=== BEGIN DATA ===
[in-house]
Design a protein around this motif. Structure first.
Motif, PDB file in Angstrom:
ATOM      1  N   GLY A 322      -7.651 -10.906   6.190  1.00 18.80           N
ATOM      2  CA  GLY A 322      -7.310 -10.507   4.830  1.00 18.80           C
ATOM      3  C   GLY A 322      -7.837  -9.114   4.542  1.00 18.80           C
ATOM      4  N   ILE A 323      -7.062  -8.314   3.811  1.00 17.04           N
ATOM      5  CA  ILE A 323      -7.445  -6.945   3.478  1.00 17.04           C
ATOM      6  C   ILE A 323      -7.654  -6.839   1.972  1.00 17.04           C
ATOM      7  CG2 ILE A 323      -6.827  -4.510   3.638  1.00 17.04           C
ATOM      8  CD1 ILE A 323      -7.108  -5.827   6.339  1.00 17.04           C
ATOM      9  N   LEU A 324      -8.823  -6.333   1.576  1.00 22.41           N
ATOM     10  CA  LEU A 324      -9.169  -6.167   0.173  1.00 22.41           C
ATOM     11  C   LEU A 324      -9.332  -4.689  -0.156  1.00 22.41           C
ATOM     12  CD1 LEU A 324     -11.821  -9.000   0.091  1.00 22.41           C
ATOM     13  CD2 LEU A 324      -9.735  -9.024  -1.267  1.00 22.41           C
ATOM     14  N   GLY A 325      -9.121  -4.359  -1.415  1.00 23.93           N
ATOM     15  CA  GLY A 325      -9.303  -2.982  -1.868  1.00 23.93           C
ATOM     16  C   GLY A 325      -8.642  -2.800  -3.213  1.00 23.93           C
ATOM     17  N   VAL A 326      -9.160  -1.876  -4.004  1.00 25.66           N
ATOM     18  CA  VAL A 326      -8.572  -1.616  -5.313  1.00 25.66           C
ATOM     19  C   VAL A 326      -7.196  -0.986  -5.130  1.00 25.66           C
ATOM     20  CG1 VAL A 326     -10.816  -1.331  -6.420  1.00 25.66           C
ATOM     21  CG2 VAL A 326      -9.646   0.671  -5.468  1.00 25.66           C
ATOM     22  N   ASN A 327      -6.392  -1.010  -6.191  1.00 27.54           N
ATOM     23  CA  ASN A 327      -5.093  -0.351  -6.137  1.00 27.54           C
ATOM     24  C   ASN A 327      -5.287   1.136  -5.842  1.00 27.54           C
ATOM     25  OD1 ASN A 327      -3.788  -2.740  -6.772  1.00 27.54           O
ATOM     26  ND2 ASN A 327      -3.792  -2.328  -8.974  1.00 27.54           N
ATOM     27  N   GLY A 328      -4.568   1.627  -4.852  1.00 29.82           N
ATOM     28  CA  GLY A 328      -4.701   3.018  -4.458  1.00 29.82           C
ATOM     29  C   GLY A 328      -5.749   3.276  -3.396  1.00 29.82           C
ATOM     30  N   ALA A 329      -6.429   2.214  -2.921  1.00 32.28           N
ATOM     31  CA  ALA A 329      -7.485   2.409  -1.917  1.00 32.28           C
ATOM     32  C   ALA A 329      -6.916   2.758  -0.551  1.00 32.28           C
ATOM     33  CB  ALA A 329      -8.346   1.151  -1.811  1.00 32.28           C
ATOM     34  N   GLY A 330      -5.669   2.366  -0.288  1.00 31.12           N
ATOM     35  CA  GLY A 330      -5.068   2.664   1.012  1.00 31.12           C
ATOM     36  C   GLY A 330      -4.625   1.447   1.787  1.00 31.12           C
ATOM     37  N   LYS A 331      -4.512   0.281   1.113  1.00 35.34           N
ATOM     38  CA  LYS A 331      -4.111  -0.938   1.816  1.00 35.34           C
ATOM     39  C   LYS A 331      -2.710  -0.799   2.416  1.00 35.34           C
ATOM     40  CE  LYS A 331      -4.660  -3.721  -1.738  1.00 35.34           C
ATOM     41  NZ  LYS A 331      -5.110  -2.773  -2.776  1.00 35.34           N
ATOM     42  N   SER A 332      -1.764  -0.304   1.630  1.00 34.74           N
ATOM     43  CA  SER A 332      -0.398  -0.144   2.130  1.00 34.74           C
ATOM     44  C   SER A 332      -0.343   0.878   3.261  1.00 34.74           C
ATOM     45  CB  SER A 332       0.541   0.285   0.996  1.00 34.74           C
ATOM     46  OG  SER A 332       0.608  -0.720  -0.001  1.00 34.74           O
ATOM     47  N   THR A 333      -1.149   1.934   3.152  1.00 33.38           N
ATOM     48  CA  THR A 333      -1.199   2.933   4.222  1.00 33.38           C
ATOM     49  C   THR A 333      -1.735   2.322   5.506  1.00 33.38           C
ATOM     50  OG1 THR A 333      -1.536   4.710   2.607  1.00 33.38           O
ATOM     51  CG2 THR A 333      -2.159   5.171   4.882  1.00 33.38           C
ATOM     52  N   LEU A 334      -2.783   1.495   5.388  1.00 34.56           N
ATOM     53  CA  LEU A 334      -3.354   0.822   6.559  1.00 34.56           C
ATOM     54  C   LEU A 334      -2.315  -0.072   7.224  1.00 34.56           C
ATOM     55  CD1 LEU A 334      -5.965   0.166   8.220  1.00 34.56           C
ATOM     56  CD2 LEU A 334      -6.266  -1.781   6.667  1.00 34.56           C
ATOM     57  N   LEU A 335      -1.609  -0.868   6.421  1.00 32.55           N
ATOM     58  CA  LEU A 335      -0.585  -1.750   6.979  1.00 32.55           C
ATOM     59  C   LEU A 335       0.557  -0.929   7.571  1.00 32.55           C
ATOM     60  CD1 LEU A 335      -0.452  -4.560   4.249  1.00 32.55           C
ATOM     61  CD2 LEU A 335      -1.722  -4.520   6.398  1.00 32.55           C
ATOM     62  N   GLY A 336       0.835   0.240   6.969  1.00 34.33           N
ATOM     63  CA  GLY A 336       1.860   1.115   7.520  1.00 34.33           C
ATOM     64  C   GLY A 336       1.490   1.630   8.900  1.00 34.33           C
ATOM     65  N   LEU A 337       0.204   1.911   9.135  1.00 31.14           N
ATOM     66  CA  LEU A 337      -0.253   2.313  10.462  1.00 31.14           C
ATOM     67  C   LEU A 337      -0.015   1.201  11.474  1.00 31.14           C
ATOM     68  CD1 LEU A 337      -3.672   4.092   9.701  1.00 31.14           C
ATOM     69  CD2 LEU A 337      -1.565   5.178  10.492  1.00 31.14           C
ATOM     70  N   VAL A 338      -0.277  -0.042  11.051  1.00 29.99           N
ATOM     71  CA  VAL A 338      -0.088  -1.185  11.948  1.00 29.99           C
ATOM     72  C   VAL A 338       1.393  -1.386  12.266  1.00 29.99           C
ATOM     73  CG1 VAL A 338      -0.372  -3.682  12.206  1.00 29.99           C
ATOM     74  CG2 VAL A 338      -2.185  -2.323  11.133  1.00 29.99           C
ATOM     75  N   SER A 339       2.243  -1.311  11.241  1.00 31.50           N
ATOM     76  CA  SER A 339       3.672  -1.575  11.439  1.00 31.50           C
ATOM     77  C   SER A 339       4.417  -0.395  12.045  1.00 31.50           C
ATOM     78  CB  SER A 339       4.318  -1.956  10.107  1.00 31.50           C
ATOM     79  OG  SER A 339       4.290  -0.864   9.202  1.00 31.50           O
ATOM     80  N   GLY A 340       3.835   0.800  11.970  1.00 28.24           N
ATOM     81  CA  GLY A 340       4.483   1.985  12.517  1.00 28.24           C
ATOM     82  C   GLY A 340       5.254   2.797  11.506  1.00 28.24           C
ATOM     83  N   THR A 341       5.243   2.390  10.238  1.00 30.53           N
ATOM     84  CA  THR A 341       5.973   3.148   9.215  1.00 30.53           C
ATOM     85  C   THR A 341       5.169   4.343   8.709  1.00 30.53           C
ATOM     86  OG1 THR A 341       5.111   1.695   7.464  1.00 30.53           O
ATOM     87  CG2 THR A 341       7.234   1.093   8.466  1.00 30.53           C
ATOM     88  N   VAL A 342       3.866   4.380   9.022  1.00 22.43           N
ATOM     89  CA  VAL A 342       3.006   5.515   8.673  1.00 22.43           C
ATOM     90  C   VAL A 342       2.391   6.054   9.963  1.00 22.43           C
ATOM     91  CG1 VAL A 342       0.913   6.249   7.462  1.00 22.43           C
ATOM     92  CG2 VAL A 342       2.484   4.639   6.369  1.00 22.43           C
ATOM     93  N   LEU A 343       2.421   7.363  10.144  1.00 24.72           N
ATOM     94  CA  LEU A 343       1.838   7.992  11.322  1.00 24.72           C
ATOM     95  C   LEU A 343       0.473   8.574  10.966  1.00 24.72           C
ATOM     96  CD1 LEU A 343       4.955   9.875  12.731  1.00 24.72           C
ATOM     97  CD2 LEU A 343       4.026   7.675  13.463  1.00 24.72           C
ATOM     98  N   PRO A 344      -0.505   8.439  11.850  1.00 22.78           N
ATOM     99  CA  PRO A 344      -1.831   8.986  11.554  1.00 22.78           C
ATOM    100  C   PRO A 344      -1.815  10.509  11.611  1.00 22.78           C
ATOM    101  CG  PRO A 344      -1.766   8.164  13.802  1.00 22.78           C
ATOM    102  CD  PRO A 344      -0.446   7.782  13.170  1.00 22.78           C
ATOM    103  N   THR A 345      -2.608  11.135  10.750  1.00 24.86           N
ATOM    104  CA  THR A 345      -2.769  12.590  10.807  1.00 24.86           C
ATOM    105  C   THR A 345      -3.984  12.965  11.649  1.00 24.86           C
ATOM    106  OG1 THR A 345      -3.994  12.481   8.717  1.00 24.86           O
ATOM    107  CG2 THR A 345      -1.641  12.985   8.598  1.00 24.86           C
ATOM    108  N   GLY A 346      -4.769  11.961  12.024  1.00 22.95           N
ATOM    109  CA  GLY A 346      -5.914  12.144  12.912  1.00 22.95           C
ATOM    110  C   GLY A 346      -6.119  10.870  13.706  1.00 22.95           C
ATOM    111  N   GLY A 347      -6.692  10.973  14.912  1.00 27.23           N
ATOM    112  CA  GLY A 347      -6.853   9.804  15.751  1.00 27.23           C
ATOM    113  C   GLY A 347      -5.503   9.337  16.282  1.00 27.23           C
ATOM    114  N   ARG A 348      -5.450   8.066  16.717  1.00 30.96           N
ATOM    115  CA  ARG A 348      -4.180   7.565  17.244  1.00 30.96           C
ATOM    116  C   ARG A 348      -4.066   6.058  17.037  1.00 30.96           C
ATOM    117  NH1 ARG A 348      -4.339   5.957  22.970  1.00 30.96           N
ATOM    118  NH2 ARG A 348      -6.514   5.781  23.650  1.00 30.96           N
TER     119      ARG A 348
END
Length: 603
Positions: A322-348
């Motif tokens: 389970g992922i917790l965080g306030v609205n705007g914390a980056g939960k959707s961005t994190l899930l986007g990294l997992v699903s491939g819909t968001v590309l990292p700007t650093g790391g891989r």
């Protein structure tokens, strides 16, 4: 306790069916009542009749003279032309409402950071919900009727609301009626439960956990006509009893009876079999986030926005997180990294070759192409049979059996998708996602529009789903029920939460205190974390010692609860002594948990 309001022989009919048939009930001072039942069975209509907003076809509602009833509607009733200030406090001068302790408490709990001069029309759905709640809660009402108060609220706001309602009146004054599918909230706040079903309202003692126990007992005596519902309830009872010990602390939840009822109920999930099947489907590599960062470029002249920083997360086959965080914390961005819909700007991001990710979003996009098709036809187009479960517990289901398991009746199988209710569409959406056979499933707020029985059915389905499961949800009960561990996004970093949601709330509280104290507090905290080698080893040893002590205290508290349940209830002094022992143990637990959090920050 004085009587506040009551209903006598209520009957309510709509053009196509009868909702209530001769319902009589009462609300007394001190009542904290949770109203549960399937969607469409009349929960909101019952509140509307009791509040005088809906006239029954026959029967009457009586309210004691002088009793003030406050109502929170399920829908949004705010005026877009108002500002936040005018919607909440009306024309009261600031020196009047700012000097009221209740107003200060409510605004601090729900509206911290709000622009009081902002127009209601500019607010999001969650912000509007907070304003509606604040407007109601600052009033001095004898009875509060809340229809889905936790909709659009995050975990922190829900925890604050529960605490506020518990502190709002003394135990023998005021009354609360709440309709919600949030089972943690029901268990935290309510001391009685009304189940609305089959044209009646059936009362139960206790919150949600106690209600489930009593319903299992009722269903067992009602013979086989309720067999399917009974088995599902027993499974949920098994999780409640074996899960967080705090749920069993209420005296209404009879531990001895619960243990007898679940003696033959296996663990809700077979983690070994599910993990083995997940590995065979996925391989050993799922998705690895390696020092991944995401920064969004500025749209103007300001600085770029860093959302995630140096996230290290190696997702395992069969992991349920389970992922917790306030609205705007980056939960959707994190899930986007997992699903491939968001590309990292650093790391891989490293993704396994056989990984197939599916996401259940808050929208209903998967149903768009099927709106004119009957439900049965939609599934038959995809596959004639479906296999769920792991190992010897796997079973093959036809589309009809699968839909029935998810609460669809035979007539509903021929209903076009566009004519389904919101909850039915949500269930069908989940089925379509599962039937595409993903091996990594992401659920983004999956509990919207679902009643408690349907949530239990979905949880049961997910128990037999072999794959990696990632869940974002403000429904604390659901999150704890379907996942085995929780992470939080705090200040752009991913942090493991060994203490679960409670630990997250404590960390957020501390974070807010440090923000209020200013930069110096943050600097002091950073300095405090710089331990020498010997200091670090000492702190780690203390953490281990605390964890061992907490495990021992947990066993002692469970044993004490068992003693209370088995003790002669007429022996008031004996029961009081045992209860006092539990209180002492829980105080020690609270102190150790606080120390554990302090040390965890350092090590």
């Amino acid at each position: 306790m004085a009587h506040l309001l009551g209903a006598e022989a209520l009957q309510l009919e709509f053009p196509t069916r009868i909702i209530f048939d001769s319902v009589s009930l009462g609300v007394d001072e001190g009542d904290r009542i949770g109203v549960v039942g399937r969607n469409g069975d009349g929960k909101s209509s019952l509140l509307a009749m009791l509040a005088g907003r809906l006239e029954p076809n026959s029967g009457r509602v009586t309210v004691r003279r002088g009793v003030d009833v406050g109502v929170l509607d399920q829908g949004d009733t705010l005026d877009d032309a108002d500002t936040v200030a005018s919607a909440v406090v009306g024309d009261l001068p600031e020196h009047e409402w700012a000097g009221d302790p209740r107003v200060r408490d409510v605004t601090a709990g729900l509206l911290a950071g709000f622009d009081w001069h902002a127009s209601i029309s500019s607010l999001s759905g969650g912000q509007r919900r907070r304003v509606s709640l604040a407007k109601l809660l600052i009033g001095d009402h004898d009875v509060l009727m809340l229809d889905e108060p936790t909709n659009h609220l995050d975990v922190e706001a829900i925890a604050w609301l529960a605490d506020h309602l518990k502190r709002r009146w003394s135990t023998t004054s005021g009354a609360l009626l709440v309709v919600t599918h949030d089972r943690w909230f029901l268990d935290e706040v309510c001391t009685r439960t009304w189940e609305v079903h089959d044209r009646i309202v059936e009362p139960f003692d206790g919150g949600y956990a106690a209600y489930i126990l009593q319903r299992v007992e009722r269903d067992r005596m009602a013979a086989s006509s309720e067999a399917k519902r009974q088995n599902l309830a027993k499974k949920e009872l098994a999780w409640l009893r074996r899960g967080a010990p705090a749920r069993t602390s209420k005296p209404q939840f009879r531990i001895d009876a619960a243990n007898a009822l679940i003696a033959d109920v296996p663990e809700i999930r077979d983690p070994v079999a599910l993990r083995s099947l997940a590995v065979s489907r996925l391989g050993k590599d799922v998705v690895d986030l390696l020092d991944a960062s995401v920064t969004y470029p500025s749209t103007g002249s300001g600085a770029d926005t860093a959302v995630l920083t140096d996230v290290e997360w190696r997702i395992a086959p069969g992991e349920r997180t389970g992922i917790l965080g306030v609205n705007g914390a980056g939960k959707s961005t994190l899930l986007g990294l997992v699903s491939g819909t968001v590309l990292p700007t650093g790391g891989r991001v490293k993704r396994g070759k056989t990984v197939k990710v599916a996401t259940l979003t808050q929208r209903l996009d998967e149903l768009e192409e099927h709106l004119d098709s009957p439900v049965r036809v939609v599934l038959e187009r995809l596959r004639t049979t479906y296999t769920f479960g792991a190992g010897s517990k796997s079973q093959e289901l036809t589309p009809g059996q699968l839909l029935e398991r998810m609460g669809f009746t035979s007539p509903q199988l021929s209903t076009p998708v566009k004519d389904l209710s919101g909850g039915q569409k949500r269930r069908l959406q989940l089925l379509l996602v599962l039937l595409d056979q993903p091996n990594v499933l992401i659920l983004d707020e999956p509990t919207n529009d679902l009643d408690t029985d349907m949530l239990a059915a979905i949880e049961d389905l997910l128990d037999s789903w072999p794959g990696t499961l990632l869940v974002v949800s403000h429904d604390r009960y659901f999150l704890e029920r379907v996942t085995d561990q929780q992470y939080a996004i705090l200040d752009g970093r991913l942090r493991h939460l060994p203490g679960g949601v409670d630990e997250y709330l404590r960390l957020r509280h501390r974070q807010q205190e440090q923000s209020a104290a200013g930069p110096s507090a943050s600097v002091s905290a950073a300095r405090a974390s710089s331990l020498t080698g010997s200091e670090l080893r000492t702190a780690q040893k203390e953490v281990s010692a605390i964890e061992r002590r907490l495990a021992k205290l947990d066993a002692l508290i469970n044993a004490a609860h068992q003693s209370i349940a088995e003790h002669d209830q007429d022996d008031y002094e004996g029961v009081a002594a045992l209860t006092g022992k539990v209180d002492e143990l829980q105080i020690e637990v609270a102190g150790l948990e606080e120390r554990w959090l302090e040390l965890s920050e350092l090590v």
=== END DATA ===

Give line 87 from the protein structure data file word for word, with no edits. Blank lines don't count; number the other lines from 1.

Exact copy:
ATOM     84  CA  THR A 341       5.973   3.148   9.215  1.00 30.53           C